If you are familiar with our brand, you know we have a vast product line of heat exchangers and associated products available for the Ford 6.0L Powerstroke. We’ve had great feedback from our customers about our existing products as well as the new products they would like to see come out of our garage. Now that we have our own 6.0L shop truck (shown below), we have easy access to a vehicle for product development and test fitting.

Mishimoto 6.0L shop truck
Mishimoto 6.0L shop truck

We decided to come up with our own rendition of an inexpensive, free-flowing intake elbow for the 6.0L. Yes, we realize there are ample options currently on the market. That said, we would like our design to have the following features.

  • Great value and high quality materials
  • Minimum 2 1/8” ports for sensors, nitrous, or meth injection
  • Pipe design with optimal flow and smooth internal flow
  • Includes all hardware needed for installation

After doing our research, we are quite certain that power increases will be negligible with such an upgrade. The volume of the factory piece is sufficient for mildly modified trucks, and the typical restriction points on trucks producing high airflow volume are the intake ports on the head as opposed to the intake elbow. Either way, highly modified trucks will most likely experience gains with the improved flow of our unit. For factory or mildly modified trucks, you will see benefits of the added NPT ports and improved aesthetics with our proposed 6.0L Powerstroke intake elbow.

Factory Elbow Evaluation

Mishimoto 6.0L shop truck engine bay
Mishimoto 6.0L shop truck engine bay

Before developing an elbow of our own, we needed to take a closer look at the features and dimensions of the factory unit.

Factory 6.0 Powerstroke intake elbow removed
Factory 6.0 Powerstroke intake elbow removed
Factory 6.0 intake elbow removed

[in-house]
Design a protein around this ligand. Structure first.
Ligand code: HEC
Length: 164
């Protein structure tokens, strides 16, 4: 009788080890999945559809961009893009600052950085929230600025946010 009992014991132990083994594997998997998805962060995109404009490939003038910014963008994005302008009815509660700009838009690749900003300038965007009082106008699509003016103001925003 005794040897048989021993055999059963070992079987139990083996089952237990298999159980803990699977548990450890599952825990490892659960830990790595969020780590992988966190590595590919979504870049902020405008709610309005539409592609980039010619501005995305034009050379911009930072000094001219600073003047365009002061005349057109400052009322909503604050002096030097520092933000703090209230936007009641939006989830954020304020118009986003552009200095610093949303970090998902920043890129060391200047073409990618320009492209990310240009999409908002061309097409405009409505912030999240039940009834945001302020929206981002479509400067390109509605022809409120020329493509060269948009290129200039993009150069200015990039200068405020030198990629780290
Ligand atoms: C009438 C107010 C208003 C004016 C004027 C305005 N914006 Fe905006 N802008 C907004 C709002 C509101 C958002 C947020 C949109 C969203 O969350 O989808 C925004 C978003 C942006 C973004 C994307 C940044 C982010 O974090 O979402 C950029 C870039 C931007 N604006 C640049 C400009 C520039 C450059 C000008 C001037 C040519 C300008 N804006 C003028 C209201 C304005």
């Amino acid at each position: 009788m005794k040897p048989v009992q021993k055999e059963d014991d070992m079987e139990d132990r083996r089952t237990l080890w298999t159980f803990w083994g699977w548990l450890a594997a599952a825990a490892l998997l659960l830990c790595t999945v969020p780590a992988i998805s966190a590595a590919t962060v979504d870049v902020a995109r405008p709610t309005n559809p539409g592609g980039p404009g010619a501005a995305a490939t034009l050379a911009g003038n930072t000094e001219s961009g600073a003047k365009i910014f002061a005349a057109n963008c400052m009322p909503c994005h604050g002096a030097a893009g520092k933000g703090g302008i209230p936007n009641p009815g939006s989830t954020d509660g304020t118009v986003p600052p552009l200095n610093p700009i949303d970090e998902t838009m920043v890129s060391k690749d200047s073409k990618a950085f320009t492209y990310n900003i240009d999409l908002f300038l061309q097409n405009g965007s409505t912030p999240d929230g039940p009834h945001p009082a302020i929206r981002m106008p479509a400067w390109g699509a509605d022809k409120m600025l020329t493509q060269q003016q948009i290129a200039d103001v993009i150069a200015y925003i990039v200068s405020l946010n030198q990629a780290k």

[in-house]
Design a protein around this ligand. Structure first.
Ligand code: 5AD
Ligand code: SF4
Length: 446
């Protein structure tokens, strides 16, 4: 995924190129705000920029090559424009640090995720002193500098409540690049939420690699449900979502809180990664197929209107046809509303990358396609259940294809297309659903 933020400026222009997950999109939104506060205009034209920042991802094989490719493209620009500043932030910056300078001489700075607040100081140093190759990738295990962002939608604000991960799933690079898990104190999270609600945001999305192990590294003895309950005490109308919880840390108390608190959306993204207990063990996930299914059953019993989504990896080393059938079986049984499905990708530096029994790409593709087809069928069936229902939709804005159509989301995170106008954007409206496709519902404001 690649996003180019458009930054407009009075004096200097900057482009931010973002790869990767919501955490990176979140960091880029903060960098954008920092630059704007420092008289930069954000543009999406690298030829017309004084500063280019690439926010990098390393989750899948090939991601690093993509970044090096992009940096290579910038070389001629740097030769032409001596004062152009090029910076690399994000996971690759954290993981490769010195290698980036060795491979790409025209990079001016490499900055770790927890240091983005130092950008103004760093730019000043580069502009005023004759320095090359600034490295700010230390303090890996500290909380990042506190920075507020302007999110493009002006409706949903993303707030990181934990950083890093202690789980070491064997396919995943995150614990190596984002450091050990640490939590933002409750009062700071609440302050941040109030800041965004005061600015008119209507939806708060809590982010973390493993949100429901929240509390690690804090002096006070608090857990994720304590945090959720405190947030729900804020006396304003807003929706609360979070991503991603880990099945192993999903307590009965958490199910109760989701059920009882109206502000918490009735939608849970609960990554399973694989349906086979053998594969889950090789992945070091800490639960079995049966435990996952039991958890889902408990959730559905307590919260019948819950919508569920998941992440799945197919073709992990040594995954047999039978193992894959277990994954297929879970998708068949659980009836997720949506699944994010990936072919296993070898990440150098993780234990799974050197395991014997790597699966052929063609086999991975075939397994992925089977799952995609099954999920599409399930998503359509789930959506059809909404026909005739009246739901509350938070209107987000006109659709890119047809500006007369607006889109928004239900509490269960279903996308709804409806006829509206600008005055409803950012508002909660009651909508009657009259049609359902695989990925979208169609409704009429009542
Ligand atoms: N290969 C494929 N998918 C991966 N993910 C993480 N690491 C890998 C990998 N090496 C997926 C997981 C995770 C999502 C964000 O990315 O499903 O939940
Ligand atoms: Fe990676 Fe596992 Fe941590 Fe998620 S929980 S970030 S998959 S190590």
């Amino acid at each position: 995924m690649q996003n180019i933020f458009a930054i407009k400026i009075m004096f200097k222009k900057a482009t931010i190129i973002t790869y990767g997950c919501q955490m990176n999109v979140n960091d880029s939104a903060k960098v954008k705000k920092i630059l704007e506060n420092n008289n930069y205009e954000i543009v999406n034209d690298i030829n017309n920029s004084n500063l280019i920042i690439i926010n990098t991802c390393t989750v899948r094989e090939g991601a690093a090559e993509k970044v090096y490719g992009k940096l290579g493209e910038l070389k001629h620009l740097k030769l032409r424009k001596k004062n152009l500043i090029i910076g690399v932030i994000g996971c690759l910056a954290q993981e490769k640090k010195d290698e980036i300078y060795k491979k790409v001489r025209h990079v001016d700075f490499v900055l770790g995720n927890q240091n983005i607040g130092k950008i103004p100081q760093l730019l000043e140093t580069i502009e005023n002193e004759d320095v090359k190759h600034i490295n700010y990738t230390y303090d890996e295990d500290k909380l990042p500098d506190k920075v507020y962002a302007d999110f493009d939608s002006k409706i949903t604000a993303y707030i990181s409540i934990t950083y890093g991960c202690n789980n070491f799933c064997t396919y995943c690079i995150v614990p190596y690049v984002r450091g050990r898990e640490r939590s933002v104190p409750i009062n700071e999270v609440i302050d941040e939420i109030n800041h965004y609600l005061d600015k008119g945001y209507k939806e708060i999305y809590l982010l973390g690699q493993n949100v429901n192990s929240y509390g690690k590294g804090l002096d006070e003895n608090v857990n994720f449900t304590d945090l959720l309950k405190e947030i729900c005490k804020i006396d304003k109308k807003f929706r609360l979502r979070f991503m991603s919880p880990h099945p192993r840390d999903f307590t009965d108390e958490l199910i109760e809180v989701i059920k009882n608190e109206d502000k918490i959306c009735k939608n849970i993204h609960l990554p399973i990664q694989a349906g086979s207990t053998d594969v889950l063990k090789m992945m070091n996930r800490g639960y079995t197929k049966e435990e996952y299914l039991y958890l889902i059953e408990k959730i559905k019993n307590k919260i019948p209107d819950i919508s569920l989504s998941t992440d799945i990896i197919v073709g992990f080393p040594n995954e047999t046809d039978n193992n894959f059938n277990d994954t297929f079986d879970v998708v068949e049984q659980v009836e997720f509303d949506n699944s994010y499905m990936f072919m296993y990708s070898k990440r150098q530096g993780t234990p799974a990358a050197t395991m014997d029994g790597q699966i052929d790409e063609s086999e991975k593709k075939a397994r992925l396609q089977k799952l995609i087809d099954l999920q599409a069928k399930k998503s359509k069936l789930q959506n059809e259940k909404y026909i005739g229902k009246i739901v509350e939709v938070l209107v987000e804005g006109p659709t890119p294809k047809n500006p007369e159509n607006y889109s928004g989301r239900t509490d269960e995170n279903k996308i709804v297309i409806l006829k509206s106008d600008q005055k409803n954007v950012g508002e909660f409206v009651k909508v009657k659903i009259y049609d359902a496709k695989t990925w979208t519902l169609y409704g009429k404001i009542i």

Factory 6.0 intake elbow removed

Once the factory 6.0 intake elbow was removed, we could evaluate the oil-drenched OEM component. Check out a few pictures of this piece.

Factory Powerstroke intake elbow
Factory Powerstroke intake elbow
Factory Powerstroke intake elbow
Factory Powerstroke intake elbow

The factory unit features an area on the boot-mating surface that accommodates the lip built into the factory boot. We will need to include this feature in our design as well.

Factory 6.0 Powerstroke intake elbow
Factory 6.0 Powerstroke intake elbow
Factory 6.0 Powerstroke intake elbow
Factory 6.0 Powerstroke intake elbow

3D Prototyping

Our next step in the process involves utilizing our advanced set of tools. First, we set the factory elbow up on our CMM (coordinate measuring machine) table to collect dimensional data. We need to map out the dimensions and features of the flange as well as the location of the boot connection point in relation to the flange. Precision is key in producing an accurate model and prototype.

Factory 6.0 intake elbow on CMM table
Factory 6.0 intake elbow on CMM table
Factory 6.0 intake elbow on CMM table
Factory 6.0 intake elbow on CMM table

Coming Up!

Once our initial 3D model is completed in Solidworks, we will 3D-print our first prototype design to check fitment on our truck.

Check back next time for a look at our first prototype unit!

Thanks

-John

Enhance Your EcoBoost Exhaust! Cat-Back Development, Part 2: Sound Testing and Second Prototype

First Prototype: Sound

We’re starting this article with a recap of Part 1 of this series, which highlighted our first prototype for the 2015 Mustang EcoBoost exhaust design. If you recall, this design featured a midmuffler as well as two rear mufflers.

We promised a sound clip of our first design, so check it out below!

As you can hear, this setup is not quite what we are looking for. Although our mufflers are more free-flowing compared to the stock units, the sound of the EcoBoost is still stifled quite a bit. In fact, actual noise increases over the stock exhaust setup are minimal and nearly unidentifiable.